Study Explores Disease-Causing Mechanisms of Pneumococcus

Published September 8, 2014 This content is archived.

anthony campagnari.

Anthony A. Campagnari, PhD

Story by Suzanne Kashuba

Anthony A. Campagnari, PhD, professor of microbiology/immunology and medicine, will use novel biofilm and animal models to study key disease mechanisms and infection-causing phenotypes of a prominent middle ear pathogen.

He and his colleagues aim to reveal exactly how the Streptococcus pneumoniae bacterium transitions from colonization in the human nasopharynx to otitis media.

Toward New Antimicrobial Treatments

“These data could lead to the development of novel antimicrobial treatments designed to eradicate biofilms in the middle ears of children, thus preventing recurrent otitis media. ”
Anthony A. Campagnari, PhD
Professor of microbiology and immunology; professor of medicine

Campagnari received a five-year, $1.7 million grant from the National Institute on Deafness and Other Communication Disorders for the study.

“Our results will not only broaden our knowledge of pneumococcal pathogenesis; they will provide a better understanding of the mechanisms utilized by otopathogens in polymicrobial biofilms to cause disease,” Campagnari says.

“These data could lead to the development of novel antimicrobial treatments designed to eradicate biofilms in the middle ears of children, thus preventing recurrent otitis media.”

The S. pneumoniae bacterium is a primary cause of numerous infections, including otitis media, which can lead to hearing loss and impair language and cognitive development in children.

Novel Biofilm Models, Environmental Alterations

The research team seeks to learn how biofilm-associated pneumococci in the upper part of the throat are released to disseminate and induce middle ear disease.

To study the process, Campagnari and his team will employ novel epithelial cell-based biofilm models using S. pneumoniae alone as well as in polymicrobial biofilms involving the other major otopathogens — Moraxella catarrhalis and Haemophilus influenzae — and animal models of colonization and infection.

New laboratory and animal experiments will involve changing the normal nasopharyngeal biofilm environment to create conditions associated with an increased chance of middle ear infection.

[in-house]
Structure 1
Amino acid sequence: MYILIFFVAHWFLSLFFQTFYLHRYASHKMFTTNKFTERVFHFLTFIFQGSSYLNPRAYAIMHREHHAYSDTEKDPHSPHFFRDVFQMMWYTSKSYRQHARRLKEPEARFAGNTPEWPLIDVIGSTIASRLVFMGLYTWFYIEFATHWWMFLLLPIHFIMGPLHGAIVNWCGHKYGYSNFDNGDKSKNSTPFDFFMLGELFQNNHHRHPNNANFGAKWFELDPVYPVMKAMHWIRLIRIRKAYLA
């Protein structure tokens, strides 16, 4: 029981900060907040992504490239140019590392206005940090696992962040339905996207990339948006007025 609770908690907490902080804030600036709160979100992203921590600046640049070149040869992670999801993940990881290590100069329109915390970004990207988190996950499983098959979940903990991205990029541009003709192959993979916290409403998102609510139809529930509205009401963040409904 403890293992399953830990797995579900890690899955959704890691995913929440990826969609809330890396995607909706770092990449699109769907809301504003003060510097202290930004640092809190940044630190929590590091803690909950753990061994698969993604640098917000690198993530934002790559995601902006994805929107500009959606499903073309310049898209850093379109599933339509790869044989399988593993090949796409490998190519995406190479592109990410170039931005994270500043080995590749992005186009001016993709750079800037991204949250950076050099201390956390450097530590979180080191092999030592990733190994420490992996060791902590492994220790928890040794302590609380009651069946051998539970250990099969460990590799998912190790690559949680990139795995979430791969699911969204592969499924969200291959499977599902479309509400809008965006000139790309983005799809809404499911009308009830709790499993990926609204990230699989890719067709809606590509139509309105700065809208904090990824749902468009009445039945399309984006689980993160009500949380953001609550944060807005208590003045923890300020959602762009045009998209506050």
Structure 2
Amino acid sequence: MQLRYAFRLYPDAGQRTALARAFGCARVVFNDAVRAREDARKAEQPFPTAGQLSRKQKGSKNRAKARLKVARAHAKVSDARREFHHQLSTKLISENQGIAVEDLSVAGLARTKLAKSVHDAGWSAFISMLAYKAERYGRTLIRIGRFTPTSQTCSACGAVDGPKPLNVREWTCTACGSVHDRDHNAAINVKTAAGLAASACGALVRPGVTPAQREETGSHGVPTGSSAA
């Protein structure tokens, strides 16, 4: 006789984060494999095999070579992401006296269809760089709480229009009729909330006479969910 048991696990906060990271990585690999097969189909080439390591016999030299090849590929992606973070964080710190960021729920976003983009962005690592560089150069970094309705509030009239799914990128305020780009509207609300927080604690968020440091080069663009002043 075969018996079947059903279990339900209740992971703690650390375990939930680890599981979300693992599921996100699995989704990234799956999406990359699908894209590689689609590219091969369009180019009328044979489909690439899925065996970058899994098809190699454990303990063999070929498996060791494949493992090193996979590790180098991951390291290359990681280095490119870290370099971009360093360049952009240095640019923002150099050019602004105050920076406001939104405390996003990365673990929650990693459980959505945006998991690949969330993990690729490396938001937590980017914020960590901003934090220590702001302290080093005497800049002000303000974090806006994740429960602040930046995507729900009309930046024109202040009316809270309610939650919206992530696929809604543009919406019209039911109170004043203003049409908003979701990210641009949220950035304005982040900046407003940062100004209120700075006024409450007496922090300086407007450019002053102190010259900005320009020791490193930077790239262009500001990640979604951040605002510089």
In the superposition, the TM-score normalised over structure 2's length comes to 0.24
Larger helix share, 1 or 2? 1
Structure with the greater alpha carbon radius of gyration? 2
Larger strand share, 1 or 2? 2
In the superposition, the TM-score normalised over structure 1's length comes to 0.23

These alterations will include physiological assaults involving:

  • increased temperature or fever
  • depletion of nutrients and adenosine triphosphate (ATP) or energy-storing molecules
  • virus infection, a common disease trigger highly associated with pneumococcal otitis media

Building on Prior Discoveries

The researchers will build on prior studies that discovered pneumococci, as well as the other otopathogens, colonize the nasopharynx as biofilms. Through experiments in the laboratory and with animals, the UB team developed methodologies to study the signals responsible for the transition from bacterial colonization to middle ear disease.

They learned this transition is associated with biofilm formation as well as with certain conditions in the nasopharynx.

“Moreover, we have discovered that perturbation of the environment in the nasopharynx releases bacteria from the biofilm and these organisms readily disseminate to the middle ear, causing more severe disease than either biofilm-associated bacteria or bacteria cultured in the lab,” Campagnari notes.

“As a result, we have a unique transciptome profile that has identified several molecules involved in bacterial release, dissemination and induction of otitis media.”

The project, “Pneumococcal Transition from Nasopharyngeal Biofilm Carriage to Otitis Media,” also involves the following researchers: